Mourners recall battles for clean air
MOTT HAVEN HERALD
By Joe Hirsch
Family, friends and fellow community activists remember the late Joe Perez as a a tireless fighter for the South Bronx, who, despite his tenacity as an advocate for the area’s underrepresented, maintained a self-deprecating sense of humor until his death.
Perez died at 61-years-old on May 14 after battling bladder cancer for several years, was honored at the Bronx Community and Cultural Garden at 143rd St. and Willis Ave. on Aug. 12, with the unveiling of a commemorative mural, and a garden party featuring Puerto Rican folk music and roasted pig.
His close friend and fellow community organizer, Carlos Padilla, remembered Perez as an incorruptible idealist who often seemed overmatched in his battles against more powerful foes, but never gave up—and often prevailed.
“He was the Don Quixote of the Bronx, he wanted to save the world,” said Padilla, who fought alongside Perez for over a decade to rid Mott Haven of a medical waste incinerator on E. 138th St., whose fumes had fouled the air for years.
“Joe found meaning in his life with this movement,” Padilla remembered.
Perez and his first wife, Linda, both of whom were born and raised in Mott Haven, met while working together in the front office of the Biltmore Hotel at Grand Central Station in the 1970s; he as the manager, she as the head cashier.
In the late 1980s, when their only daughter, Veronica’s, grade-school teacher began speaking out against the incinerator, they responded by forming the South Bronx Clean Air Coalition, organizing residents to fight to close it.
“His main concern was for the children,” Linda Perez recalled.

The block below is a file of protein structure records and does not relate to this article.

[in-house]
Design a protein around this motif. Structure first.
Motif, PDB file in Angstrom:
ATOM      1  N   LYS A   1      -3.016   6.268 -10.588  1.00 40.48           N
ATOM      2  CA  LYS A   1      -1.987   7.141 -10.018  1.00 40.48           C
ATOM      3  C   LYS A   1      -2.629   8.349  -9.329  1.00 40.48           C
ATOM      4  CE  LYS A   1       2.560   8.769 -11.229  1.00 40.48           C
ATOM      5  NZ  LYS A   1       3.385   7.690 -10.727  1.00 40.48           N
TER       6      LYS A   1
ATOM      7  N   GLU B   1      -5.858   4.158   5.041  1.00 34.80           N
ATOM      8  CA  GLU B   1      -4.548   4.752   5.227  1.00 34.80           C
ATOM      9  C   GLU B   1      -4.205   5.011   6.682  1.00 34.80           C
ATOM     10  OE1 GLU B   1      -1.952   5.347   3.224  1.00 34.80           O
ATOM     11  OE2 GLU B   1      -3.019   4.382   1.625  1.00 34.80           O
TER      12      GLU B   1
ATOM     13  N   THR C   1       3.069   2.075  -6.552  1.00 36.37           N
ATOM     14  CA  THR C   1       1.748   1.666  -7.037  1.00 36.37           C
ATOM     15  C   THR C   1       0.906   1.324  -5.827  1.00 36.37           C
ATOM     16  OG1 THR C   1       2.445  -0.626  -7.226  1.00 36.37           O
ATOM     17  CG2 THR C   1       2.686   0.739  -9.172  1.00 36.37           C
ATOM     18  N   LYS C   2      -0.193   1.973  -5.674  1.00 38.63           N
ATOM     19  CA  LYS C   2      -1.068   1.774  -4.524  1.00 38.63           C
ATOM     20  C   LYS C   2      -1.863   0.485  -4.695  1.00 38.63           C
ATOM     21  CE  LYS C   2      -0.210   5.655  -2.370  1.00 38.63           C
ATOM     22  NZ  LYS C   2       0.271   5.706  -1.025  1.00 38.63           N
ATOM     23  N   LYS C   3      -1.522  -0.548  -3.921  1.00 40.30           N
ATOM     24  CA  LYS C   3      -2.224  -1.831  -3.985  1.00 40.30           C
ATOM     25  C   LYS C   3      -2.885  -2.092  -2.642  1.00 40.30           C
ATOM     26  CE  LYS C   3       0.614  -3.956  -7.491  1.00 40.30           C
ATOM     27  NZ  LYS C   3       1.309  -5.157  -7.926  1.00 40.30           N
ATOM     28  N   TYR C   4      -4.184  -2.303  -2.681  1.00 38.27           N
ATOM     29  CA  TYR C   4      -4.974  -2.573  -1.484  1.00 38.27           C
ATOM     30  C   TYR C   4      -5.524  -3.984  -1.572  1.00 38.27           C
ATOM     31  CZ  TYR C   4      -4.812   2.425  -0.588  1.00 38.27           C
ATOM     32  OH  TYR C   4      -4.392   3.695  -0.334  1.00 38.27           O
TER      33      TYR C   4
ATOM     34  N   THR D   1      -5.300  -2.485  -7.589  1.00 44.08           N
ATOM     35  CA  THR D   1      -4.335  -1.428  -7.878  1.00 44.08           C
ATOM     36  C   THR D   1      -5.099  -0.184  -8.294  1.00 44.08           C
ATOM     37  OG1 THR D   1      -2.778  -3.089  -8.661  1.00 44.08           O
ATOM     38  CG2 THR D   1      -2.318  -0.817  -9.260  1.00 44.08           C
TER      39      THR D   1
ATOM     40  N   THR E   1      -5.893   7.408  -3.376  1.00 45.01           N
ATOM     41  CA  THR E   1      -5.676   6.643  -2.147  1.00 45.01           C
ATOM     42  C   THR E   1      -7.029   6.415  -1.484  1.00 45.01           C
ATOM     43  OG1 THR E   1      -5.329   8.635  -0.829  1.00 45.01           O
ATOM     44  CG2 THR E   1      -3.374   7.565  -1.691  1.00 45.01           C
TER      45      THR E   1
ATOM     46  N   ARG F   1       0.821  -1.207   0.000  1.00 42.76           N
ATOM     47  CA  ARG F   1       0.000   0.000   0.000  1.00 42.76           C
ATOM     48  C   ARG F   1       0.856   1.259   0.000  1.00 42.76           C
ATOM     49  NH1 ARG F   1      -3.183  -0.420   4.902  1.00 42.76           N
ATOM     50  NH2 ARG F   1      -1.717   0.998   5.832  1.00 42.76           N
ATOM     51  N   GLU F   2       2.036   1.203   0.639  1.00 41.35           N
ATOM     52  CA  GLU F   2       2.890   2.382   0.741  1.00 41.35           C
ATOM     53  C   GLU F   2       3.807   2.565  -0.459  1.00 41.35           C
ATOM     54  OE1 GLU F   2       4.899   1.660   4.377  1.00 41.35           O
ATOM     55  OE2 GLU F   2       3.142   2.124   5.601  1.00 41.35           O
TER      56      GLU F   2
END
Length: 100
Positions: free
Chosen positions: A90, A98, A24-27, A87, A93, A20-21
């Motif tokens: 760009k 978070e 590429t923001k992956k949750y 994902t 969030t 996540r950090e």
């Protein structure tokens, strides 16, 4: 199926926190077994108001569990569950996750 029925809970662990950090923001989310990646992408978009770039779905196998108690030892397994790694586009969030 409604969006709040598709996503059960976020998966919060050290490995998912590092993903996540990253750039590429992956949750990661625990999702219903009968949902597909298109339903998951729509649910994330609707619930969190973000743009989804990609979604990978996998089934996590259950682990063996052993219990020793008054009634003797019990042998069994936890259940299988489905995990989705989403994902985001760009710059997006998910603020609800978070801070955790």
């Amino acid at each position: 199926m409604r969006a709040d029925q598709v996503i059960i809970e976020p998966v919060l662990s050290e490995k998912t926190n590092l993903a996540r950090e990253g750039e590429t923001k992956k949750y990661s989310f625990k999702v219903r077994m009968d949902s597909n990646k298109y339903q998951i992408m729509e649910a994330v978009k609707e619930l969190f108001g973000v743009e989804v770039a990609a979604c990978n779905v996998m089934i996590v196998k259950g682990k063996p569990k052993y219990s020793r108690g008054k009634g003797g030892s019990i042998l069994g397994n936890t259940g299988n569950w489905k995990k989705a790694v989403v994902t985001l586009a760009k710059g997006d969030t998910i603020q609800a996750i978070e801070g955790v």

In 1999, following “demonstration after demonstration, we closed the place down,” she said.
Later, Perez went on to fight for other local causes. During the 1990s, he led residents to defeat a plan to build a paper mill in the Harlem River Yards, when he and fellow organizers found the process would have required hazardous materials be trucked through local streets.
In the early 2000s, Perez was named executive director of the Freedom Community Center on E. 140th St. The group helped organize tenants against negligent landlords, and provided free summer camp for neighborhood kids. But last spring, after Perez’s death, the landlord opted to shut the center, contending Perez’s leadership could not be replicated.
The mural in the community garden depicts Perez surrounded by Puerto Rican folk figures playing instruments and dancing, and the phrases “The people’s friend” and “The homeland is not for sale,” in Spanish. It was painted by South Bronx artist William Acevedo, who worked with Perez trying to provide leadership and inspiration for neighborhood youth. Teens from Highbridge-based youth arts education organization, YUCA, helped paint the mural, which took two months to complete.
Even after Perez’s second wife, Sandra, died in 2009, a blow Padilla said was one in a string of heartbreaks Perez suffered in recent years, “I would call him, to make fun of his life. It was the one thing that would make him laugh.”
Perez continued to prioritize his activist battles, at the expense of his health, Padilla said. On several occasions, while receiving treatment for his cancer, Perez walked out of the hospital to attend neighborhood meetings, leaving concerned doctors wondering where their sick patient had disappeared.
Linda Perez, who maintained a close friendship with her ex-husband until his death, said his humor was so dry, that he said of it, “only God knows my sense of humor.”
When Perez did not answer the door at his E. 138th St. apartment on May 12, emergency responders let Linda Perez enter first. She found his body seated in a chair with his arms crossed.
“He was at peace, looking at the ceiling, probably telling the lord, ‘I’m ready,’” she said.
Along with his ex-wife, Linda, Perez is survived by his daughter, Veronica Torres, 31, of Mott Haven.